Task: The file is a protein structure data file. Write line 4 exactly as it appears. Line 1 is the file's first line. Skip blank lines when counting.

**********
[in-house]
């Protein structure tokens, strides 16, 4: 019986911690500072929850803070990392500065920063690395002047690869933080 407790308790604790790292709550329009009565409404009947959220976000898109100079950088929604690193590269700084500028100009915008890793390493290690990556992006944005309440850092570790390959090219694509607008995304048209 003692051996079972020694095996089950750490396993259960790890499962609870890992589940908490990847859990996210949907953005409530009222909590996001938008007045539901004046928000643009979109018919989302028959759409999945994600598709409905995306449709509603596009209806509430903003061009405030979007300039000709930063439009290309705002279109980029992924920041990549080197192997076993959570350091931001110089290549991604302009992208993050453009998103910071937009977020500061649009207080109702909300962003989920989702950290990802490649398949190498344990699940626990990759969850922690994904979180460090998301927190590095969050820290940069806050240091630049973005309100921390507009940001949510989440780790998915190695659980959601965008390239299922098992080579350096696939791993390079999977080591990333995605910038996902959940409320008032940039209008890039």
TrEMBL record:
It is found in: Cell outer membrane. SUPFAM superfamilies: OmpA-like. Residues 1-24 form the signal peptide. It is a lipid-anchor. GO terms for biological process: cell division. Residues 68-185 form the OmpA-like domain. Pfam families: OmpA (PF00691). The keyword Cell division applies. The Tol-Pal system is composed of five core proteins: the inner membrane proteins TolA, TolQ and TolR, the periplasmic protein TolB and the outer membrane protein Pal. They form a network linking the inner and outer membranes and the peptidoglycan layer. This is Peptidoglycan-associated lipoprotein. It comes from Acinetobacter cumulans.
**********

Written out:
It is found in: Cell outer membrane. SUPFAM superfamilies: OmpA-like. Residues 1-24 form the signal peptide. It is a lipid-anchor. GO terms for biological process: cell division. Residues 68-185 form the OmpA-like domain. Pfam families: OmpA (PF00691). The keyword Cell division applies. The Tol-Pal system is composed of five core proteins: the inner membrane proteins TolA, TolQ and TolR, the periplasmic protein TolB and the outer membrane protein Pal. They form a network linking the inner and outer membranes and the peptidoglycan layer. This is Peptidoglycan-associated lipoprotein. It comes from Acinetobacter cumulans.